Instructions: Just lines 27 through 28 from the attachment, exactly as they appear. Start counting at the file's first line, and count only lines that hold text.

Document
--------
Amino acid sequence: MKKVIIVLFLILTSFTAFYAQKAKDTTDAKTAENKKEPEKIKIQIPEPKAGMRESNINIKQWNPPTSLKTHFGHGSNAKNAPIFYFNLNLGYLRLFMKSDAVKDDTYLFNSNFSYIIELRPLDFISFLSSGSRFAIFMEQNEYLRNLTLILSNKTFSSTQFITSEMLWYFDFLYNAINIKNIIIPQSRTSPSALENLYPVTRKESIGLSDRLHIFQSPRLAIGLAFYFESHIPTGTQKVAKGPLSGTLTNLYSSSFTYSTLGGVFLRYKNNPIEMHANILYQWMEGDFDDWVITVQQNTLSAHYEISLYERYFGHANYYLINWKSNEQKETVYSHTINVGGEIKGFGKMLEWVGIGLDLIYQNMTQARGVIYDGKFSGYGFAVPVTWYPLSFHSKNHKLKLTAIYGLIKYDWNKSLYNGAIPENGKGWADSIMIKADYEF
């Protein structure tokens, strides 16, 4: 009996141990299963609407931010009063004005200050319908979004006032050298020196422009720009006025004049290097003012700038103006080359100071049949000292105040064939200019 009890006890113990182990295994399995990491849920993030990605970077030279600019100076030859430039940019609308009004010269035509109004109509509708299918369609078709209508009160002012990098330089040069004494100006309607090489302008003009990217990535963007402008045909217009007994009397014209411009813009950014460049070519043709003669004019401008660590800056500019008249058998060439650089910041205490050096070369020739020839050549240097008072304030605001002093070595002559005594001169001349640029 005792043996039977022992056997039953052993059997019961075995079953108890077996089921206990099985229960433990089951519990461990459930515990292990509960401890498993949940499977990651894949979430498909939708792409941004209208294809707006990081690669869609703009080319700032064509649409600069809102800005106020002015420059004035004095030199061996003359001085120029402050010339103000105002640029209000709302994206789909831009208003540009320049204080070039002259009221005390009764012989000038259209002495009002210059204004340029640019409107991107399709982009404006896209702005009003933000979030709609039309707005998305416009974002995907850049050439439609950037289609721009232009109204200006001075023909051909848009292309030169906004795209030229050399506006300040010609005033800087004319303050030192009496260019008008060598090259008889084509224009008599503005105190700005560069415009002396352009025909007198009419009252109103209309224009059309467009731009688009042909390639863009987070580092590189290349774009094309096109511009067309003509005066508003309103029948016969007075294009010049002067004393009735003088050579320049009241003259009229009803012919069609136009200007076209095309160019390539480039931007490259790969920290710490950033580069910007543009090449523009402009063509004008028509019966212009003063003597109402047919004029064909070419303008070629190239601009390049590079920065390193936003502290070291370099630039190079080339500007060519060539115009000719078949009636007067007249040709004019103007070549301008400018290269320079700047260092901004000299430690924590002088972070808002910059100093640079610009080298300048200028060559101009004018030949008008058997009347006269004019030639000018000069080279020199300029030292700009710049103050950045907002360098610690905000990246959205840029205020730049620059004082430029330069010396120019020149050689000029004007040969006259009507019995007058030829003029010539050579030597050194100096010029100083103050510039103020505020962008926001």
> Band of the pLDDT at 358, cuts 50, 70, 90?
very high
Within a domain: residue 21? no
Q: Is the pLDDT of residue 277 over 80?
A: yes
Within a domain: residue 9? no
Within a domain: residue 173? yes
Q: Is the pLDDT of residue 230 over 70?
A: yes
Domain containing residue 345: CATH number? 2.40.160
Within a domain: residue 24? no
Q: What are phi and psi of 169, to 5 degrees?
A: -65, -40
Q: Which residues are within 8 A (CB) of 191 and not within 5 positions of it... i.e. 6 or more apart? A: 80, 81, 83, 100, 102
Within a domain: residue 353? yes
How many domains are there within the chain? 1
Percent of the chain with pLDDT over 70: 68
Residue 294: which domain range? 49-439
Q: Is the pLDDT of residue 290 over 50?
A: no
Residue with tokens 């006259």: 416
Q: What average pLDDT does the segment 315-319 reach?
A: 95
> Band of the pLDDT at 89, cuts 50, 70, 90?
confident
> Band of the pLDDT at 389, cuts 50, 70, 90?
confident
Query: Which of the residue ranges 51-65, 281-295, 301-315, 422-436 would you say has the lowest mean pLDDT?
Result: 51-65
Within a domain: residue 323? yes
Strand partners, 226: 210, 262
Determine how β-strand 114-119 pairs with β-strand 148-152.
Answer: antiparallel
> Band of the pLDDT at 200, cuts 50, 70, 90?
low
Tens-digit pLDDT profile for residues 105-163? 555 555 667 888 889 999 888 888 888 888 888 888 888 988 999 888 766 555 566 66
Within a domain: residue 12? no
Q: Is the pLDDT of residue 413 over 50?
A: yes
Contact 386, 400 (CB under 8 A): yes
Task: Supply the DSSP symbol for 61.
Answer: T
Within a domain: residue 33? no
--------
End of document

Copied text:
confident
> Band of the pLDDT at 389, cuts 50, 70, 90?